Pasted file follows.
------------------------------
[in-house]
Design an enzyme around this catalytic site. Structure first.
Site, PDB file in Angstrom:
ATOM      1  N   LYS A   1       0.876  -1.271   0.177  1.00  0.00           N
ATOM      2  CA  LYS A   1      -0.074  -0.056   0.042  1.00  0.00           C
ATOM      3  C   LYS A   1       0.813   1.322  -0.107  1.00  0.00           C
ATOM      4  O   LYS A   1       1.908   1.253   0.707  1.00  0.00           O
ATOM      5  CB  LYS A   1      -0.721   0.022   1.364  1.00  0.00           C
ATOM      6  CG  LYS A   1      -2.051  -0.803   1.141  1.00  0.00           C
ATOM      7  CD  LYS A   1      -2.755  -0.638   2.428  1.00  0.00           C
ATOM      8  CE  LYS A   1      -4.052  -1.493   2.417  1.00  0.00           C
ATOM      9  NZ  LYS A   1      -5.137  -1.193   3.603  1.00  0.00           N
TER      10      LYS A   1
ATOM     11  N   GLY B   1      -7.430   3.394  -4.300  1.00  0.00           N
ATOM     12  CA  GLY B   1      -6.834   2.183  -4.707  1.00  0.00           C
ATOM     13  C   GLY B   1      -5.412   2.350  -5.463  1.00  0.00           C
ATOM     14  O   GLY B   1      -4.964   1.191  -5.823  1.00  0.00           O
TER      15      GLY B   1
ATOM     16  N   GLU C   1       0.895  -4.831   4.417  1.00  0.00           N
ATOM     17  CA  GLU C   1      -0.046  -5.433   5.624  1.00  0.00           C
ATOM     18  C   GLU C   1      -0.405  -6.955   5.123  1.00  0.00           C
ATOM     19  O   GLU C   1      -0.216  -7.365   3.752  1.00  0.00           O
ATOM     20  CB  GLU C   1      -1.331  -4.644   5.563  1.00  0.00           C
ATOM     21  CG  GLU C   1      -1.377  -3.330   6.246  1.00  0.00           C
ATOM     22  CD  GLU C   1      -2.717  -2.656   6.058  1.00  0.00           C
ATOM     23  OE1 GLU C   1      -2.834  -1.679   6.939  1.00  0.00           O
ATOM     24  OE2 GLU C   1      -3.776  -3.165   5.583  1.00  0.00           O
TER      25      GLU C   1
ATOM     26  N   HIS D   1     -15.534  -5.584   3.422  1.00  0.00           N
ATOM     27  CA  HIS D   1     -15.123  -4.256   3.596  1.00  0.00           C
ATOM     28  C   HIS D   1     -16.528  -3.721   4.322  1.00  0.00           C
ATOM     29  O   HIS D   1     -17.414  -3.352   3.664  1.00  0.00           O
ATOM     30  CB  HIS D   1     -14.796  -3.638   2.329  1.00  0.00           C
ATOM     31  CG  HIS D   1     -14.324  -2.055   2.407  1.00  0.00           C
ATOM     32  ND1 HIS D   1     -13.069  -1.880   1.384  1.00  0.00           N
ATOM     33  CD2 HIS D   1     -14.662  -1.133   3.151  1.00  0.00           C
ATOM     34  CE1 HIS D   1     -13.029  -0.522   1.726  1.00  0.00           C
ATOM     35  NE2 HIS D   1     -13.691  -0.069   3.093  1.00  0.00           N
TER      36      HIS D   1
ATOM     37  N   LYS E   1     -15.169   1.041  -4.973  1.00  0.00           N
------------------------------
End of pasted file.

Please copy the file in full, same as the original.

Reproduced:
[in-house]
Design an enzyme around this catalytic site. Structure first.
Site, PDB file in Angstrom:
ATOM      1  N   LYS A   1       0.876  -1.271   0.177  1.00  0.00           N
ATOM      2  CA  LYS A   1      -0.074  -0.056   0.042  1.00  0.00           C
ATOM      3  C   LYS A   1       0.813   1.322  -0.107  1.00  0.00           C
ATOM      4  O   LYS A   1       1.908   1.253   0.707  1.00  0.00           O
ATOM      5  CB  LYS A   1      -0.721   0.022   1.364  1.00  0.00           C
ATOM      6  CG  LYS A   1      -2.051  -0.803   1.141  1.00  0.00           C
ATOM      7  CD  LYS A   1      -2.755  -0.638   2.428  1.00  0.00           C
ATOM      8  CE  LYS A   1      -4.052  -1.493   2.417  1.00  0.00           C
ATOM      9  NZ  LYS A   1      -5.137  -1.193   3.603  1.00  0.00           N
TER      10      LYS A   1
ATOM     11  N   GLY B   1      -7.430   3.394  -4.300  1.00  0.00           N
ATOM     12  CA  GLY B   1      -6.834   2.183  -4.707  1.00  0.00           C
ATOM     13  C   GLY B   1      -5.412   2.350  -5.463  1.00  0.00           C
ATOM     14  O   GLY B   1      -4.964   1.191  -5.823  1.00  0.00           O
TER      15      GLY B   1
ATOM     16  N   GLU C   1       0.895  -4.831   4.417  1.00  0.00           N
ATOM     17  CA  GLU C   1      -0.046  -5.433   5.624  1.00  0.00           C
ATOM     18  C   GLU C   1      -0.405  -6.955   5.123  1.00  0.00           C
ATOM     19  O   GLU C   1      -0.216  -7.365   3.752  1.00  0.00           O
ATOM     20  CB  GLU C   1      -1.331  -4.644   5.563  1.00  0.00           C
ATOM     21  CG  GLU C   1      -1.377  -3.330   6.246  1.00  0.00           C
ATOM     22  CD  GLU C   1      -2.717  -2.656   6.058  1.00  0.00           C
ATOM     23  OE1 GLU C   1      -2.834  -1.679   6.939  1.00  0.00           O
ATOM     24  OE2 GLU C   1      -3.776  -3.165   5.583  1.00  0.00           O
TER      25      GLU C   1
ATOM     26  N   HIS D   1     -15.534  -5.584   3.422  1.00  0.00           N
ATOM     27  CA  HIS D   1     -15.123  -4.256   3.596  1.00  0.00           C
ATOM     28  C   HIS D   1     -16.528  -3.721   4.322  1.00  0.00           C
ATOM     29  O   HIS D   1     -17.414  -3.352   3.664  1.00  0.00           O
ATOM     30  CB  HIS D   1     -14.796  -3.638   2.329  1.00  0.00           C
ATOM     31  CG  HIS D   1     -14.324  -2.055   2.407  1.00  0.00           C
ATOM     32  ND1 HIS D   1     -13.069  -1.880   1.384  1.00  0.00           N
ATOM     33  CD2 HIS D   1     -14.662  -1.133   3.151  1.00  0.00           C
ATOM     34  CE1 HIS D   1     -13.029  -0.522   1.726  1.00  0.00           C
ATOM     35  NE2 HIS D   1     -13.691  -0.069   3.093  1.00  0.00           N
TER      36      HIS D   1
ATOM     37  N   LYS E   1     -15.169   1.041  -4.973  1.00  0.00           N